To see my 90 year old grandmother hold the hand of her dying child and call upon God’s grace was heartwrenching. A poet once wrote, “How much fear can one woman carry? How many children can she stand to bury?” She has buried three children in her time on this earth. She will bury another. Her faith that brings a peace to her heart and fills her home with love and respect every Thanksgiving, is something for which I am thankful. Watching her children, grandchildren, and great children gather around her and her son in strength and admiration, is beautiful.  I am thankful for this.

Witnessing this uncle return to the home of his family, to be welcomed with open arms and so much love, is something for which I am thankful. Our family having the opportunity to say goodbye to this beloved member is something for which I am thankful. Having this family is something for which I am thankful. Having faith that this uncle is surrounded by mercy and love of a gracious God who will look upon his face and state, “Welcome home, my son”, is something for which I am thankful.

Worthy of Friendship

In the last few days, the social media newsfeed has shown numerous posts reflecting upon creating our circles, and choosing friends wisely. It’s left me with this thought. We teach our children to choose their friends carefully, curating relationships based upon outward actions, reputation, behavior, and other attributes that we can see with the eye. This is understandable. We don’t wish ill will or difficulty to come to our little ones as they learn and grow. We don’t wish their reputations before being fully formed, to be tarnished. We don’t want them to be on the receiving end of cruelty or ridicule by other students, and honestly, by other parents. We teach them to select friends from whom they will benefit by matter of character. We use these same principles when selecting our own circle of friends and colleagues. It’s said, “choose your tribe”, “select those who will help you soar”, “be around those who benefit you and challenge you”. This has merit. Yet, I ask, upon what is this based? The majority of the time it is based solely on outward presentation. When first meeting someone we have no other knowledge from which to draw a conclusion. It seems to me, rather than draw a conclusion of any kind, rather than selecting myself who I want to associate with, rather than picking and choosing based upon reputation, the focus should be inward. Am I someone that others would want to be around? Am I someone that helps uplift others? Am I someone that has depth of character and compassion to be a good friend, a good human to any and all or only to those who fit a certain mold? It saddens me to read things about discerning the character of others based solely on reputation, especially so when the person is young. I knew a girl in high school who had a poor reputation. She was referred to by many as “trashy”. Yet, few knew the details of repeated abuse that stole her value. She truly had not even “slept around”, as it was said. All it took was one or two foul mouthed male students who took from her something and then by their actions made her daily life hell. Freshman year, my second school already, and being the new girl with few friends, I was fortunate to have made a friend in her. She was real. She was honest. She was smart. She was significantly more than anything ever repeated about her.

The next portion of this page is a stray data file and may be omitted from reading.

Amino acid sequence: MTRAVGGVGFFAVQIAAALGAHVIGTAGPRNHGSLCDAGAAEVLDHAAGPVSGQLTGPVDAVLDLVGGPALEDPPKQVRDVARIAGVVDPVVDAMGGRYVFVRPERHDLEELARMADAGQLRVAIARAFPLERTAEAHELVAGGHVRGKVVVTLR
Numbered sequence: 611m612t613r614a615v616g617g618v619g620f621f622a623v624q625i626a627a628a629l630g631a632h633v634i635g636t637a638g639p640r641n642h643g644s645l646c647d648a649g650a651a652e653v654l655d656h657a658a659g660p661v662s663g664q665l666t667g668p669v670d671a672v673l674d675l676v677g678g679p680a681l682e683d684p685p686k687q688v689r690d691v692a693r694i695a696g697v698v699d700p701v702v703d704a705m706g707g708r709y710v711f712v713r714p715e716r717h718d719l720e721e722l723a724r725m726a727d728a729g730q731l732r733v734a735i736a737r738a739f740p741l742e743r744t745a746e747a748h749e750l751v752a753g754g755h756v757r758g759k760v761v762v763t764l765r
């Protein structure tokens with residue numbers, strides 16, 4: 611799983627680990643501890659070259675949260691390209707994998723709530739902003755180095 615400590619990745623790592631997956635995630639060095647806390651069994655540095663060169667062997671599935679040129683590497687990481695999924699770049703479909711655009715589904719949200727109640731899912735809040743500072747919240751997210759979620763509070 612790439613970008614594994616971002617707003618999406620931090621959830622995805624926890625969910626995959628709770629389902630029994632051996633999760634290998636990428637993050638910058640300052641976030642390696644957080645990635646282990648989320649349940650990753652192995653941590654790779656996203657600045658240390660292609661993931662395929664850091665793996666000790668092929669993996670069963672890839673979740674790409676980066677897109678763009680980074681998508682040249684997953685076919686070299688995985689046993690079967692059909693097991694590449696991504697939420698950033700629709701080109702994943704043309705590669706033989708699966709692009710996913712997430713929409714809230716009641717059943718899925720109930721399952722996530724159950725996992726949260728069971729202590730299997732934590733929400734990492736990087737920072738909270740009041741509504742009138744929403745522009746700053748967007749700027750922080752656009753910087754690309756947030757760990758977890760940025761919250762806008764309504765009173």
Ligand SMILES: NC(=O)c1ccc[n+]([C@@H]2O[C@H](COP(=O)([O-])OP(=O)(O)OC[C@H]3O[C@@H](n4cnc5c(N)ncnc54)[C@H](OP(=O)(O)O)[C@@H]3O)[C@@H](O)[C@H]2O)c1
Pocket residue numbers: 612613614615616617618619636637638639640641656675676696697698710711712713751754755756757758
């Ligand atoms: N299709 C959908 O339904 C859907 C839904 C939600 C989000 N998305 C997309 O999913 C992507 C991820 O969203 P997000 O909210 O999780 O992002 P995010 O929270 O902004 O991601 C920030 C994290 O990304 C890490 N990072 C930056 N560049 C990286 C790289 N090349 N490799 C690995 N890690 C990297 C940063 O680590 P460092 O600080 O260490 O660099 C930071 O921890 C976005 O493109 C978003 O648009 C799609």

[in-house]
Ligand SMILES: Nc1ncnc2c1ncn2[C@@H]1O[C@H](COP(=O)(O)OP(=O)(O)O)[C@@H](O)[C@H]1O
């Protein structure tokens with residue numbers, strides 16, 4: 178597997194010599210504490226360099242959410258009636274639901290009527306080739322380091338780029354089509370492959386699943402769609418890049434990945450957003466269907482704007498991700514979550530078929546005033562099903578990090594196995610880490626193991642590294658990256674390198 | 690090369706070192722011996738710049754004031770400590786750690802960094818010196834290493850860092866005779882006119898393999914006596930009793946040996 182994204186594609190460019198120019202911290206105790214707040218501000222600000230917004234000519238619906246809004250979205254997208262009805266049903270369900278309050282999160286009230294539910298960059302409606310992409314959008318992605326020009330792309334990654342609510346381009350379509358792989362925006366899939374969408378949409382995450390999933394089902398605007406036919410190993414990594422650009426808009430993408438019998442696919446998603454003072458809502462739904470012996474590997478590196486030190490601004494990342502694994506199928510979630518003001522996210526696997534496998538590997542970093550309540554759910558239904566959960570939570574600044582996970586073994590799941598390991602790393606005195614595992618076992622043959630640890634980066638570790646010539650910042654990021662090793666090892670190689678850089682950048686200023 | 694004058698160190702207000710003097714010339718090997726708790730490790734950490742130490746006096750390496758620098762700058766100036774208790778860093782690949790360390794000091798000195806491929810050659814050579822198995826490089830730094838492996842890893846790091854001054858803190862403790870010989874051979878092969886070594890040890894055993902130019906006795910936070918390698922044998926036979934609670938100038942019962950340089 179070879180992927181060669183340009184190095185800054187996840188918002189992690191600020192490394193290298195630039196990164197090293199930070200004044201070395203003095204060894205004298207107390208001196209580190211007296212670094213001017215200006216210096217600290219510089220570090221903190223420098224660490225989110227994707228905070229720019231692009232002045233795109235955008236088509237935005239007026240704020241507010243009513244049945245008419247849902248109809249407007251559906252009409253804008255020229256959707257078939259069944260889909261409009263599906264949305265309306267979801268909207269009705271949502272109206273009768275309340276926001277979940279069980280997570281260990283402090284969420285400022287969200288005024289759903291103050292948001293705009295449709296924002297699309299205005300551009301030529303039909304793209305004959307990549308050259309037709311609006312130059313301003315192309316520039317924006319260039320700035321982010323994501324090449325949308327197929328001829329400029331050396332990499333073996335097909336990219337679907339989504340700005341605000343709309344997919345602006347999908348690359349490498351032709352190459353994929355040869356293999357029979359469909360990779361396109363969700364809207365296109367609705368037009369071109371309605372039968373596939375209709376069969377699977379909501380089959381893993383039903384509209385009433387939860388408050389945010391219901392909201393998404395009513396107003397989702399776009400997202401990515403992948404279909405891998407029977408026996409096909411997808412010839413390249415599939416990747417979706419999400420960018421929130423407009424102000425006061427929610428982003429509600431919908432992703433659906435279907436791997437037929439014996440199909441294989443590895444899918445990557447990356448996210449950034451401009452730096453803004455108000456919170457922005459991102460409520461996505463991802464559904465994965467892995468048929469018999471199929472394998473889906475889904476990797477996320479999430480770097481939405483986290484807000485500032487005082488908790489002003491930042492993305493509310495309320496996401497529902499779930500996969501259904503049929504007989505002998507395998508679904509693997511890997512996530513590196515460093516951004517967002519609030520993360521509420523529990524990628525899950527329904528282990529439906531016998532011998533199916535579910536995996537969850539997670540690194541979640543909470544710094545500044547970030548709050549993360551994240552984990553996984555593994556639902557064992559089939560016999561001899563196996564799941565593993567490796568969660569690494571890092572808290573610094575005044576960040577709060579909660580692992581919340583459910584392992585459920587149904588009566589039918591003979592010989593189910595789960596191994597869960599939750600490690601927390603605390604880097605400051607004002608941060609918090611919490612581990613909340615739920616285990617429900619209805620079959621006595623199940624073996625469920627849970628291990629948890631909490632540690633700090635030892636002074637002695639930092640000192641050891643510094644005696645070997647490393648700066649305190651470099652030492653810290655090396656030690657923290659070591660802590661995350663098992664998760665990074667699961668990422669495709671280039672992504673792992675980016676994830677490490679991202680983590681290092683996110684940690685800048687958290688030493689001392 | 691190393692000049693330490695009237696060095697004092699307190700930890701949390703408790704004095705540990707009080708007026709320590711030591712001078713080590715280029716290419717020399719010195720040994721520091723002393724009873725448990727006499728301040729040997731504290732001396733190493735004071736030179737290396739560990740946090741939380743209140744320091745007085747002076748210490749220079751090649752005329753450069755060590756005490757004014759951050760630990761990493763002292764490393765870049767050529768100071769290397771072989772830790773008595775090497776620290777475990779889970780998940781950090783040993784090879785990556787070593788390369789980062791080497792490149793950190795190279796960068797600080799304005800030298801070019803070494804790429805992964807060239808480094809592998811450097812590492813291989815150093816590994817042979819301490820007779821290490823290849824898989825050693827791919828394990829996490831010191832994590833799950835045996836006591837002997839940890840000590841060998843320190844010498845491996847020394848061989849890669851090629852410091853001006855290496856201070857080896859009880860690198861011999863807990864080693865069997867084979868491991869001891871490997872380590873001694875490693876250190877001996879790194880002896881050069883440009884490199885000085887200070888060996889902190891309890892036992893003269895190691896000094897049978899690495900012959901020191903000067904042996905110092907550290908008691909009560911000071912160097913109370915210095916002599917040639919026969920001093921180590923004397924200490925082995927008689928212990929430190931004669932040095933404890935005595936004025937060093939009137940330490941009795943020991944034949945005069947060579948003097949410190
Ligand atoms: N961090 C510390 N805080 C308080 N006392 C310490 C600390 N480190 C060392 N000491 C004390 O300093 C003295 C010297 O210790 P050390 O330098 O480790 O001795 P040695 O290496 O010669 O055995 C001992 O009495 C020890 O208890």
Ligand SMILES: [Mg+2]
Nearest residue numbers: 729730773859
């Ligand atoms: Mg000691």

Sophomore year brought another change of schools and a student who was decidedly cruel to me was waiting there. I never understood why. She would call me names in Spanish that would be inappropriate to repeat. She whispered to other girls about me. She occasionally pushed too hard walking past me, but not hard enough to be considered hitting. There was no reason, of course, so on most days, I shrugged it off. Somehow, in my 16 year old jolly optimism, I decided to do the opposite of what I wanted to do. She did frighten me because of her tough persona. Yet, nearly every time I saw her, I said, “Hi Angelina,” as if she was my best friend or on lesser days, I would at least smile. She wouldn’t talk other than to ridicule me. Other times, on days when I couldn’t handle it, I did steer away. Flash forward to graduation night after all the diplomas were passed out. There before me in white cap and gown with black mascara streaks down her face stood Angelina. She looked much smaller that night than when encountered in the halls. She said she never understood why I was always nice to her even though she didn’t return the treatment. Then she thanked me. What?! This girl, this bossy mean girl was thanking me? She then briefly told me of a rough life, of not having much, of not even having one true friend. She apologized to me for the nearly three years of whispers and hallway jabs. There was nothing to apologize for and standing there on the field in 100+ degree heat of late spring Phoenix weather, we hugged a long, earnest hug. We never saw another again. We didn’t exchange numbers. Yet, to this day I am changed by that moment with that girl of bad reputation and mean outward behavior. I can only hope she was changed too. Rather than focus on those who we perceive as worthy of spending our time with and worthy of befriending, it seems to me, we should focus on being worthy ourselves by not giving attention to outward representation shown to us by others, but instead on the inward reality of ourselves. Show love, give love, be love. This is what changes lives. 💓